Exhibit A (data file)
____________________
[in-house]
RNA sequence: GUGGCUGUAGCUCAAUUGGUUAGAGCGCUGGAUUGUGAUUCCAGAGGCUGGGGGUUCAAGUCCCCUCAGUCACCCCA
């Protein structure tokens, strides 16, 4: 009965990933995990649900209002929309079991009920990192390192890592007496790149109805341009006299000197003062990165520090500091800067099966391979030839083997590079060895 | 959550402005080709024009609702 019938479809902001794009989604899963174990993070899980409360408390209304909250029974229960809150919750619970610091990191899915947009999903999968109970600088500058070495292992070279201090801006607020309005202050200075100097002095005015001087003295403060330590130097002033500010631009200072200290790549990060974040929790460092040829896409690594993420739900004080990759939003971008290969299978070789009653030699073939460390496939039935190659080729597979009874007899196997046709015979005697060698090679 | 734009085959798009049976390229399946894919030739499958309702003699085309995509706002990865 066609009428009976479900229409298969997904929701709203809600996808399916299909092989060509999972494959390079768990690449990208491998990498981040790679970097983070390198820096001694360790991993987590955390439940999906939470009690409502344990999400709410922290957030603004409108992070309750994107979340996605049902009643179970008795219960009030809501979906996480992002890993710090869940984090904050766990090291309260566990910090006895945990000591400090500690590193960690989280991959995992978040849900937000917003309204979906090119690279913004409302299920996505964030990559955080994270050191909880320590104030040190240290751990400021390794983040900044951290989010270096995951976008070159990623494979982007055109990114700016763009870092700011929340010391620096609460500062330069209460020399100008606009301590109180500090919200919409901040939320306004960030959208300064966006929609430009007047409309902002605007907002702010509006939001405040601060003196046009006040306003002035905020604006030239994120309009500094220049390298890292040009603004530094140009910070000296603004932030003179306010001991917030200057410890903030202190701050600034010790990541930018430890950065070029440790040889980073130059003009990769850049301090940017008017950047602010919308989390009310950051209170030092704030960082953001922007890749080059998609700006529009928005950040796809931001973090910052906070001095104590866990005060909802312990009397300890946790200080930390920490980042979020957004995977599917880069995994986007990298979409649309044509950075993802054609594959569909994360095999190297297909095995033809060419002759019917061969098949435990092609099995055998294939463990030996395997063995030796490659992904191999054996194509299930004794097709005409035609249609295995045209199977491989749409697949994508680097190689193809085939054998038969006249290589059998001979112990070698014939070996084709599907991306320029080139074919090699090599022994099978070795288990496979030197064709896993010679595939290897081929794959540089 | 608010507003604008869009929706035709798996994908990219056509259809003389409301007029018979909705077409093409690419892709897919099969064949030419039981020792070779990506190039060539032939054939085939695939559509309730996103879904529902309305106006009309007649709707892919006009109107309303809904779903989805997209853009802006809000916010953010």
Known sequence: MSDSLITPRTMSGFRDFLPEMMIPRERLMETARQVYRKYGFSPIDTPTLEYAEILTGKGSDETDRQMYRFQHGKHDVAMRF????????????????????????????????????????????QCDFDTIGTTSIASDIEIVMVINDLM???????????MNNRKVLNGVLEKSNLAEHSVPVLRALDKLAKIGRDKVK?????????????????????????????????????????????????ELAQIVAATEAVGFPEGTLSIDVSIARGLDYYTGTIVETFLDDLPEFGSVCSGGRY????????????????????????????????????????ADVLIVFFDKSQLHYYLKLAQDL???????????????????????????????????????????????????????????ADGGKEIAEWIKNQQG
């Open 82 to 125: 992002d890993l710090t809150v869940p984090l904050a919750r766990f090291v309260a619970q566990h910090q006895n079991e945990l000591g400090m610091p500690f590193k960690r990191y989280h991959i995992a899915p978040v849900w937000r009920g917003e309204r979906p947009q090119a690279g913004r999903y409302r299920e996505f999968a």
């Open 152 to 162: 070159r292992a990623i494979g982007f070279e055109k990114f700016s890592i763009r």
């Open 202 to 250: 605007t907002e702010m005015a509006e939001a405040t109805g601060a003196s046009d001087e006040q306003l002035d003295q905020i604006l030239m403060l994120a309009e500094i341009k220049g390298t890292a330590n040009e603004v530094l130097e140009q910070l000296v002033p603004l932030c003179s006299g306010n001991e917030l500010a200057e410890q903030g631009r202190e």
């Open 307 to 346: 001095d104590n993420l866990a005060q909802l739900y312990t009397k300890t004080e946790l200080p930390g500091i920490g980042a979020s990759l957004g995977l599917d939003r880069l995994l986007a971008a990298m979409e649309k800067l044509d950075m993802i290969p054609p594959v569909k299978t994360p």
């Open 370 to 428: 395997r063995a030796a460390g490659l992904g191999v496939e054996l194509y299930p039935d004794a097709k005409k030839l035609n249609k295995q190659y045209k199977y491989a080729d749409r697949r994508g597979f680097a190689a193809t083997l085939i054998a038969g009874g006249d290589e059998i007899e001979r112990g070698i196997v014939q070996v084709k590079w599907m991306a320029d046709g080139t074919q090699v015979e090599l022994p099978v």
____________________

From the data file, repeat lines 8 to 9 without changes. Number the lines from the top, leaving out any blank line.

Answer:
């Open 307 to 346: 001095d104590n993420l866990a005060q909802l739900y312990t009397k300890t004080e946790l200080p930390g500091i920490g980042a979020s990759l957004g995977l599917d939003r880069l995994l986007a971008a990298m979409e649309k800067l044509d950075m993802i290969p054609p594959v569909k299978t994360p």
């Open 370 to 428: 395997r063995a030796a460390g490659l992904g191999v496939e054996l194509y299930p039935d004794a097709k005409k030839l035609n249609k295995q190659y045209k199977y491989a080729d749409r697949r994508g597979f680097a190689a193809t083997l085939i054998a038969g009874g006249d290589e059998i007899e001979r112990g070698i196997v014939q070996v084709k590079w599907m991306a320029d046709g080139t074919q090699v015979e090599l022994p099978v």